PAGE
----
[ix] This approach  is discussed in  ‘Psychoanalysis and  Racism ‘  in John  Solomos and David Goldberg (eds) Blackwell Companion to Race Oxford  University Press 2002 and ‘Homing Devices – On racism and nationalism in everyday life ‘   in  Resituating Identity  (eds Valerie Amit-Talai and Caroline  Knowles)  Broadview Press  Toronto 1996

[x] See Stuart Hall ‘New Ethnicities’  in David Morley and Kuan Chen (eds) Critical Dial;ogues in Cultural Studies  Routledge 1996.Also John Solomos ‘Stuart Hall :articulations of race, class and ethnicity’ in  Ethnic and Racial Studies Vol 37 Issue 10 2014

[xi]  See Tricks of the Trade -Art Teaching and Multicultural Education  in Teaching Popular Culture  (edited   David  Buckingham) Taylor and  Francis 1997 ;  see also Phil  Cohen and Linda Haddock  Anansi meets Spiderwoman  BFI Publications 1992. Tricks of the Trade, the film in which the  interview with Stuart Hall is featured  can be downloaded from, as can a companion piece, Playgrounds of Prejudice.

[xii] This work is collected in Phil Cohen (ed)  New Ethnicities,Old Racisms Zed Books 1999. See also Bill Schwarz (ed) Front Lines, Back Yards New Formations Lawrence and Wishart 1998

[xiii] See Nora Rathzel (ed) Finding the Way Home-  Young  People’s Narratives of  gender, class, ethnicity and place in Hamburg and London   V&R Unipress Gottingen 2006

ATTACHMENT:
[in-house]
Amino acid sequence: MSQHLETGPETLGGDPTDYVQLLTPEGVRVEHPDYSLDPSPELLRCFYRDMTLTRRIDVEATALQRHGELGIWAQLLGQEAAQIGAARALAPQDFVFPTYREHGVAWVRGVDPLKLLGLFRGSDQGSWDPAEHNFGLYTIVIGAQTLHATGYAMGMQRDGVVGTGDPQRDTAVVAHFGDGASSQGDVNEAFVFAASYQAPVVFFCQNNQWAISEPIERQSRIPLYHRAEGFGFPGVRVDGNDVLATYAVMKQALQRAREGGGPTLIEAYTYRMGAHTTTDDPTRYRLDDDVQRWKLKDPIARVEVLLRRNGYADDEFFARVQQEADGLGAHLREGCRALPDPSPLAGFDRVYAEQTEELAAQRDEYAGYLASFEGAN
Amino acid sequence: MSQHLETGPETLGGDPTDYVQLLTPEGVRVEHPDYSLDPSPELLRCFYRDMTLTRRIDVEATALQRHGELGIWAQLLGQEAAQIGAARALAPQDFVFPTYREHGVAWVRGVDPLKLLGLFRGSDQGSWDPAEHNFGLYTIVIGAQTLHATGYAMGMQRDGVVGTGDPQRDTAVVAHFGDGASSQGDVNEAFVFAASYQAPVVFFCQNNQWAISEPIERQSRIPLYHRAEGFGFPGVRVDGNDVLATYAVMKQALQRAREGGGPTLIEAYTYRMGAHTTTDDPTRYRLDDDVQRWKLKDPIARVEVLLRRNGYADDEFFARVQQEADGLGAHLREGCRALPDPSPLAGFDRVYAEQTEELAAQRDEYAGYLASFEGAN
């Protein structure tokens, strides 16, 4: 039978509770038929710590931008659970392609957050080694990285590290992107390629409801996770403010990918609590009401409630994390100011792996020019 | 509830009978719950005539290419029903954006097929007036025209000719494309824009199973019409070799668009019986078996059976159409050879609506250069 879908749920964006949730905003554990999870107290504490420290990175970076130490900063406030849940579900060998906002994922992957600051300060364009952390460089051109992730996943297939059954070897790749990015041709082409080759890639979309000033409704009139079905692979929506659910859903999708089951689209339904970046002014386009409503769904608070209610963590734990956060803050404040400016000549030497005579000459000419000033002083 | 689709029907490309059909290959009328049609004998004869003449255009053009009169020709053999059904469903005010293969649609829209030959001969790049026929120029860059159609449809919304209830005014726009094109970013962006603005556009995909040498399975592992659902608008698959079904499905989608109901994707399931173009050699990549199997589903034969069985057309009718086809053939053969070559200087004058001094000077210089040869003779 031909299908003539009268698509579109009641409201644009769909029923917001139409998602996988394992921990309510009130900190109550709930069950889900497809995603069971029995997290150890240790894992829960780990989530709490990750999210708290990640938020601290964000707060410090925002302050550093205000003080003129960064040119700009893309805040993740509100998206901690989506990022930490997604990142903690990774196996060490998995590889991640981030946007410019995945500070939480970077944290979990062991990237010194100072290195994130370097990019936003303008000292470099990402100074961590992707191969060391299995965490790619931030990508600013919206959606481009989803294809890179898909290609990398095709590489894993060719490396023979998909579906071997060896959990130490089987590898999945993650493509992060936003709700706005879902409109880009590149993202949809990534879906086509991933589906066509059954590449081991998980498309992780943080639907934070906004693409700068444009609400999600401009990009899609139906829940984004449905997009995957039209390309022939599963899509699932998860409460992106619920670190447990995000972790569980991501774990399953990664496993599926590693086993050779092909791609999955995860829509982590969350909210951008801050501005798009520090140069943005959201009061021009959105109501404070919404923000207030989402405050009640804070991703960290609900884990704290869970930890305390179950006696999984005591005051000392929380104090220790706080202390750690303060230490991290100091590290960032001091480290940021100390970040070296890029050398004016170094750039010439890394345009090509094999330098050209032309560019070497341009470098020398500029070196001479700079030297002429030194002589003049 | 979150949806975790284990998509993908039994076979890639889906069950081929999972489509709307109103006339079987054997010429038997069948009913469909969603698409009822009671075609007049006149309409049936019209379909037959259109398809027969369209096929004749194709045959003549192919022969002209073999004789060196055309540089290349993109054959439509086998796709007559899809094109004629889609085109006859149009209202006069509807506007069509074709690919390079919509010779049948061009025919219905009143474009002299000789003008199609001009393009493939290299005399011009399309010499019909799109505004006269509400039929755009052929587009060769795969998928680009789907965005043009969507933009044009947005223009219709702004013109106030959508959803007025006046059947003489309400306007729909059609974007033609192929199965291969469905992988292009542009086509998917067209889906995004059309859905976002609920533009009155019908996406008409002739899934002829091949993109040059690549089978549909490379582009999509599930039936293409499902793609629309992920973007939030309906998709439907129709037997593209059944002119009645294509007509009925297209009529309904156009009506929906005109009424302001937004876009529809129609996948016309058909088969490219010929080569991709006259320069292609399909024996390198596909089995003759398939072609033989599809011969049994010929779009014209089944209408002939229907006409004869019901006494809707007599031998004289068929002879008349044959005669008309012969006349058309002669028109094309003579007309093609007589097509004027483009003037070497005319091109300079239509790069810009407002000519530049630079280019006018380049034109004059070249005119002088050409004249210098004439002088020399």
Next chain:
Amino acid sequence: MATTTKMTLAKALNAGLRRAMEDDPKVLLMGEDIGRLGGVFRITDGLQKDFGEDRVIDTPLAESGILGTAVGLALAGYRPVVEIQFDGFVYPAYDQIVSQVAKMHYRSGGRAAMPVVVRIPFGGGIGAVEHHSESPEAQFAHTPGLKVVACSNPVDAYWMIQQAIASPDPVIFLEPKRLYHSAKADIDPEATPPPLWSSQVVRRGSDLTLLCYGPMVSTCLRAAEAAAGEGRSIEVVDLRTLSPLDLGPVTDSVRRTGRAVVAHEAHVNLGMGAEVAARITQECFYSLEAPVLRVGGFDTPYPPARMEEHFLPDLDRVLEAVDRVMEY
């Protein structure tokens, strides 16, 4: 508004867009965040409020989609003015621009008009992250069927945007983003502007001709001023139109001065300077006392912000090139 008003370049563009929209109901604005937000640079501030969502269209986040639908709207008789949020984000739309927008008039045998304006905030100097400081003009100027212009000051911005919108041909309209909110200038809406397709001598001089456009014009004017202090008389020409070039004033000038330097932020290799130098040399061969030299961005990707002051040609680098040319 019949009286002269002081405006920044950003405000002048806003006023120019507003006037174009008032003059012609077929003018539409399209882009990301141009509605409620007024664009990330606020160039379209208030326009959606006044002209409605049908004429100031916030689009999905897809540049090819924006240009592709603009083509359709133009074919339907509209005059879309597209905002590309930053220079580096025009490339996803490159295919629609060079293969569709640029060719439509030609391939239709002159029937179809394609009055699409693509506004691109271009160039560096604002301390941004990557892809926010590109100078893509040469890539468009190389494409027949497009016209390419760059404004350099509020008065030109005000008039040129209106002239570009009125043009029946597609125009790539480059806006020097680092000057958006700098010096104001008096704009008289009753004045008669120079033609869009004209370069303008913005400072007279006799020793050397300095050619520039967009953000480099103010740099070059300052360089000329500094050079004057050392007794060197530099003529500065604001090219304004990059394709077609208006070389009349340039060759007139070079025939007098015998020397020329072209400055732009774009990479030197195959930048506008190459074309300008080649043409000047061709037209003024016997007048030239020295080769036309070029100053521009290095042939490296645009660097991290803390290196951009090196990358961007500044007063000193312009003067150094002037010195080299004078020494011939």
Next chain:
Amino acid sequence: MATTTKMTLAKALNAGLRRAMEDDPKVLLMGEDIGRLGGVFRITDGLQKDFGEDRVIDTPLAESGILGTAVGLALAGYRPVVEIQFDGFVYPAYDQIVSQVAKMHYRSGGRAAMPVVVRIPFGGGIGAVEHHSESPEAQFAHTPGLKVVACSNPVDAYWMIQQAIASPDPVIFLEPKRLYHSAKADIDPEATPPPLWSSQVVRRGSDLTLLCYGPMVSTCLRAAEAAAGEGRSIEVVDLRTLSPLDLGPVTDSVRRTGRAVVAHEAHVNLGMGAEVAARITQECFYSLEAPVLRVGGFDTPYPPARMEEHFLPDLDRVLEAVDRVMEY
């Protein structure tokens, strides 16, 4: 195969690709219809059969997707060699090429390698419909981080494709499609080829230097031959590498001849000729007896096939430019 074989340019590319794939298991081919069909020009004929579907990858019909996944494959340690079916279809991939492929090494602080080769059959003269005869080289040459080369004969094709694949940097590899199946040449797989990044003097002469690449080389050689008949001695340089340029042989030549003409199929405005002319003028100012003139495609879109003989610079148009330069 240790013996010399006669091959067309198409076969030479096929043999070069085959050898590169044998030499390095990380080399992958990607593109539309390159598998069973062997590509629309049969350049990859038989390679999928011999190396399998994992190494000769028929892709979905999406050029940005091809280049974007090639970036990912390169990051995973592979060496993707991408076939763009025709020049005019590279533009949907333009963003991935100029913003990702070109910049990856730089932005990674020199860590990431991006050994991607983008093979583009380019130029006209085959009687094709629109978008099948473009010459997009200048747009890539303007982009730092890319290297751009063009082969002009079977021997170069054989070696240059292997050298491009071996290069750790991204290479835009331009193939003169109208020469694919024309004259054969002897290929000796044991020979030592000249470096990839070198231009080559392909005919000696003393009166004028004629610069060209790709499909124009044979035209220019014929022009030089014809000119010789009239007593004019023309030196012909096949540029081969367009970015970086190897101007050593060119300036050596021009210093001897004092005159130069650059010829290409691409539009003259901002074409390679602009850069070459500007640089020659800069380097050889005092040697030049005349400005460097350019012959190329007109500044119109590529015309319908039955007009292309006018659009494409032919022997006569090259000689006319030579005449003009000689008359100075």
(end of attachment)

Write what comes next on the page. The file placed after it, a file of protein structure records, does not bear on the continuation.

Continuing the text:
[xiv] Robert Putnam Bowling Alone . Putnam’s model of social capital   refers to different  principles  of social cohesion  operating through networks, whether embedded   strongly (bonders)  or weakly (bridgers)  ; this model refers back to Durkeim’s classic  distinction between mechanical and organic solidarity.  Basil Bernstein’s  work on the distribution of linguistic capital into  restricted and elaborated codes also draws on Durkheim’s  model . See Class,Codes and Control Vol 1 Routledge 1977. In The World, the Text and the Critic (Harvard 1983)  Edward Said reworked  these binaries  in his  model of cultural capital, making the distinction between  bio-political filiation based on real or fictive kinship and elective affiliations  based on ideological formation.  A similar model is applied  to a theory of community stake holding vis a vis the 2012 Olympics in On the Wrong Side of the Track pp 204-240.

[xv] See Les Back  New Ethnicities and urban culture :racism and multi-culture in young lives  UCL Press 1996 . Also  John Eade et al   New ethnicities among British Bangladeshi and mixed-heritage youth   Report to the Leverhulme Trust 2006.

[xvi] See Jennifer M Silva  Coming up Short :working class adulthood in an age of uncertainty Oxford University press 2016

[xvii] Stuart Hall ‘The Great Moving Right Show’ Marxism Today 1979

[xviii]  For a critique of Stuart Hall’s Gramscian reading see Bob Jessop et al ‘Farewell to Thatcherism? Neo-Liberalism vs New Times’, New Left Review, 179,  1990

[xix] See Anthony Barnett Blimey its Brexit!  Open Democracy 2016

[xx] See  Justin Gest  The New Minority :white working class politics in an Age of Immigration and Inequality Oxford University Press 2016